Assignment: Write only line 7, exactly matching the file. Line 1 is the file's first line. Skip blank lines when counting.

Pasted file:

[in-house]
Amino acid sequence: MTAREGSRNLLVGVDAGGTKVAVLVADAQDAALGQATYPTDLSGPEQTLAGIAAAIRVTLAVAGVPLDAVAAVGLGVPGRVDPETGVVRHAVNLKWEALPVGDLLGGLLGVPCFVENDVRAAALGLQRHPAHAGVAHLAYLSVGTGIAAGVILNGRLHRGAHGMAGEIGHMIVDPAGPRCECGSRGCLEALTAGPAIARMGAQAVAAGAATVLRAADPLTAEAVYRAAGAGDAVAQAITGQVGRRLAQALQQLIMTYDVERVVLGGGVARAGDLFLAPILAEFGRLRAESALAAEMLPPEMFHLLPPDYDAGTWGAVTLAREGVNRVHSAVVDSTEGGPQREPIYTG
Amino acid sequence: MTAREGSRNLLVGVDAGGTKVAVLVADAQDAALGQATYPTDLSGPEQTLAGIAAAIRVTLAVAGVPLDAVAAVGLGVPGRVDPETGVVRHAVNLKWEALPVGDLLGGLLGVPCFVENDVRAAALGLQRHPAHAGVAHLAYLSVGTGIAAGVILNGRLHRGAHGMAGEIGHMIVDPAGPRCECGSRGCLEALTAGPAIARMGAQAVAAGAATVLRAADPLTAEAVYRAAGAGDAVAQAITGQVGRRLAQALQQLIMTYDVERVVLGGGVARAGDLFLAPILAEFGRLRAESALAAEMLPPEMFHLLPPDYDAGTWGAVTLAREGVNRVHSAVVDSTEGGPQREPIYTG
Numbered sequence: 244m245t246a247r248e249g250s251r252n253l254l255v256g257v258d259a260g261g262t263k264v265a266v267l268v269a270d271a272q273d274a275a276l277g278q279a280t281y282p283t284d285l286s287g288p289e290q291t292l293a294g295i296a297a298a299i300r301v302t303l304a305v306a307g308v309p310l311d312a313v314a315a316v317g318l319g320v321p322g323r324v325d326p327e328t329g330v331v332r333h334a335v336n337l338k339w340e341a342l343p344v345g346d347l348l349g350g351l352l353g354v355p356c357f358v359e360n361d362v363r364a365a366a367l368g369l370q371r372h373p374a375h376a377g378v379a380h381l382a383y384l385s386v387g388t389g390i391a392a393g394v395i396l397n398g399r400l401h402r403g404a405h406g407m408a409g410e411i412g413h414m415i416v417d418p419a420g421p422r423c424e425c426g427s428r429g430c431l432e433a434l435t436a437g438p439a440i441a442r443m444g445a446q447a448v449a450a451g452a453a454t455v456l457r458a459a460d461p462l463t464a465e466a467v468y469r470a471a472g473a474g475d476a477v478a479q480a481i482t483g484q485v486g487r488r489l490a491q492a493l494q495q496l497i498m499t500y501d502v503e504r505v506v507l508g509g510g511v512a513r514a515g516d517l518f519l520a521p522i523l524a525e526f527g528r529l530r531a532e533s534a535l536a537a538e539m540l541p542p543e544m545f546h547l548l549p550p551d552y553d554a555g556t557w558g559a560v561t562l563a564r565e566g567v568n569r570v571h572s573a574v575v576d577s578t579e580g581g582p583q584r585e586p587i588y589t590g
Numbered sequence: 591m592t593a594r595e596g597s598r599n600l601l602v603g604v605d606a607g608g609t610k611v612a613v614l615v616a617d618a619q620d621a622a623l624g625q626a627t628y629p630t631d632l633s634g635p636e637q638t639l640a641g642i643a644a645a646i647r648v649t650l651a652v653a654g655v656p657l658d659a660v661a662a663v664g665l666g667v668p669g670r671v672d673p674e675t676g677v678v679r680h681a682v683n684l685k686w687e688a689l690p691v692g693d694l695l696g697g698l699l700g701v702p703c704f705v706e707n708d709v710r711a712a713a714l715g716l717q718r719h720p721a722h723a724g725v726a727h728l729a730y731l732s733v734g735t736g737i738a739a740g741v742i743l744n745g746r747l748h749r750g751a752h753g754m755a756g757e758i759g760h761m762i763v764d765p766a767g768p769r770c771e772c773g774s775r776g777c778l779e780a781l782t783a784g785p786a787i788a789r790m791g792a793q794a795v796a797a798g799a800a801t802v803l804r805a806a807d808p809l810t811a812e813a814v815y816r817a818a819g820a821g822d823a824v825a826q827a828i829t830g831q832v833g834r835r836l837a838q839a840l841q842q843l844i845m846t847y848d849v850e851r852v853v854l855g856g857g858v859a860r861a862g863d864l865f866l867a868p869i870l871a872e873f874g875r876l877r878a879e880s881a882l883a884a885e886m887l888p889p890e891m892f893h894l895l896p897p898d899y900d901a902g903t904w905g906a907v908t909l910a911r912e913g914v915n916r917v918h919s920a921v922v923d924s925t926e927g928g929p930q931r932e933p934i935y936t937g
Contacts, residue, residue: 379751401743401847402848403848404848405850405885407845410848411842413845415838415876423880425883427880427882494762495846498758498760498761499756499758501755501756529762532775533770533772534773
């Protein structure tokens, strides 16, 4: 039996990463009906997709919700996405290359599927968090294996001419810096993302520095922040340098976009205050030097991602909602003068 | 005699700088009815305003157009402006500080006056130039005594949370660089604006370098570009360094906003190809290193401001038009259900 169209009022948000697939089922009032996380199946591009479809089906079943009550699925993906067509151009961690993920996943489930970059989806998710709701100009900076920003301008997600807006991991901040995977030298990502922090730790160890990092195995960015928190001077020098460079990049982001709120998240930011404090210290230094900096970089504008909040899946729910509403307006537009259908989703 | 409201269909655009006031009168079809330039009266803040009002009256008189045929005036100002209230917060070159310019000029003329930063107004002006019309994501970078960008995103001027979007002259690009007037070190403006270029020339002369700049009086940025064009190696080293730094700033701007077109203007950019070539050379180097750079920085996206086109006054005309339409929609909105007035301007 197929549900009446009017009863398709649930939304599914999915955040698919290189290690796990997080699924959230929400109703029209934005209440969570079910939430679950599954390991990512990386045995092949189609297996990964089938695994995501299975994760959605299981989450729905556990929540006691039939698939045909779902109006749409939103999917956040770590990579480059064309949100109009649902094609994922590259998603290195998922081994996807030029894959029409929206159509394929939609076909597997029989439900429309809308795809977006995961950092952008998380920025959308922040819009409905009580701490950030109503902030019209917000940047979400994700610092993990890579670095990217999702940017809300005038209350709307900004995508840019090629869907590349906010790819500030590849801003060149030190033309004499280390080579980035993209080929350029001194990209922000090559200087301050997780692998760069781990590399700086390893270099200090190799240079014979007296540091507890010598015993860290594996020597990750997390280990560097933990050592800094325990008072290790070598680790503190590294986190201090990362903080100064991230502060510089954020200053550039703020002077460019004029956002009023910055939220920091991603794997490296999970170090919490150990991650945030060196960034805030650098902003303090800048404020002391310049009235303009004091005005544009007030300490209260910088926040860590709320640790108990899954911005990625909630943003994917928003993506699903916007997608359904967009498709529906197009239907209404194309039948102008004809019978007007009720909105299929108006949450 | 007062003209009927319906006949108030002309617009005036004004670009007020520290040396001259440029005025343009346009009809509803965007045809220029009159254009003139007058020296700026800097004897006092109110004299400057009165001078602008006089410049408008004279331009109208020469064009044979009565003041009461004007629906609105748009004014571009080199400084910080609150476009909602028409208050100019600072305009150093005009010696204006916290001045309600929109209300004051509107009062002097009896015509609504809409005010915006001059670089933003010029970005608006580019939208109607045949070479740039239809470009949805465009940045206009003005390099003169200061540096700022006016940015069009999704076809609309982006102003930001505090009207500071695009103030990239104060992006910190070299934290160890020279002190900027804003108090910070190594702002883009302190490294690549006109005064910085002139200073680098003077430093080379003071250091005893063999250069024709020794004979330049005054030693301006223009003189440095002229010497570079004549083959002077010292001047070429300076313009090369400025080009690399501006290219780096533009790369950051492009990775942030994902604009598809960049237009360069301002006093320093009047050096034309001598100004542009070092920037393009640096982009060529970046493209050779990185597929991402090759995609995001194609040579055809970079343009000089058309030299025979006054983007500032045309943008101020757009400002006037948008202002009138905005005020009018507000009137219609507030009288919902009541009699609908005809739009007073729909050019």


């Protein structure tokens, strides 16, 4: 039996990463009906997709919700996405290359599927968090294996001419810096993302520095922040340098976009205050030097991602909602003068 | 005699700088009815305003157009402006500080006056130039005594949370660089604006370098570009360094906003190809290193401001038009259900 169209009022948000697939089922009032996380199946591009479809089906079943009550699925993906067509151009961690993920996943489930970059989806998710709701100009900076920003301008997600807006991991901040995977030298990502922090730790160890990092195995960015928190001077020098460079990049982001709120998240930011404090210290230094900096970089504008909040899946729910509403307006537009259908989703 | 409201269909655009006031009168079809330039009266803040009002009256008189045929005036100002209230917060070159310019000029003329930063107004002006019309994501970078960008995103001027979007002259690009007037070190403006270029020339002369700049009086940025064009190696080293730094700033701007077109203007950019070539050379180097750079920085996206086109006054005309339409929609909105007035301007 197929549900009446009017009863398709649930939304599914999915955040698919290189290690796990997080699924959230929400109703029209934005209440969570079910939430679950599954390991990512990386045995092949189609297996990964089938695994995501299975994760959605299981989450729905556990929540006691039939698939045909779902109006749409939103999917956040770590990579480059064309949100109009649902094609994922590259998603290195998922081994996807030029894959029409929206159509394929939609076909597997029989439900429309809308795809977006995961950092952008998380920025959308922040819009409905009580701490950030109503902030019209917000940047979400994700610092993990890579670095990217999702940017809300005038209350709307900004995508840019090629869907590349906010790819500030590849801003060149030190033309004499280390080579980035993209080929350029001194990209922000090559200087301050997780692998760069781990590399700086390893270099200090190799240079014979007296540091507890010598015993860290594996020597990750997390280990560097933990050592800094325990008072290790070598680790503190590294986190201090990362903080100064991230502060510089954020200053550039703020002077460019004029956002009023910055939220920091991603794997490296999970170090919490150990991650945030060196960034805030650098902003303090800048404020002391310049009235303009004091005005544009007030300490209260910088926040860590709320640790108990899954911005990625909630943003994917928003993506699903916007997608359904967009498709529906197009239907209404194309039948102008004809019978007007009720909105299929108006949450 | 007062003209009927319906006949108030002309617009005036004004670009007020520290040396001259440029005025343009346009009809509803965007045809220029009159254009003139007058020296700026800097004897006092109110004299400057009165001078602008006089410049408008004279331009109208020469064009044979009565003041009461004007629906609105748009004014571009080199400084910080609150476009909602028409208050100019600072305009150093005009010696204006916290001045309600929109209300004051509107009062002097009896015509609504809409005010915006001059670089933003010029970005608006580019939208109607045949070479740039239809470009949805465009940045206009003005390099003169200061540096700022006016940015069009999704076809609309982006102003930001505090009207500071695009103030990239104060992006910190070299934290160890020279002190900027804003108090910070190594702002883009302190490294690549006109005064910085002139200073680098003077430093080379003071250091005893063999250069024709020794004979330049005054030693301006223009003189440095002229010497570079004549083959002077010292001047070429300076313009090369400025080009690399501006290219780096533009790369950051492009990775942030994902604009598809960049237009360069301002006093320093009047050096034309001598100004542009070092920037393009640096982009060529970046493209050779990185597929991402090759995609995001194609040579055809970079343009000089058309030299025979006054983007500032045309943008101020757009400002006037948008202002009138905005005020009018507000009137219609507030009288919902009541009699609908005809739009007073729909050019």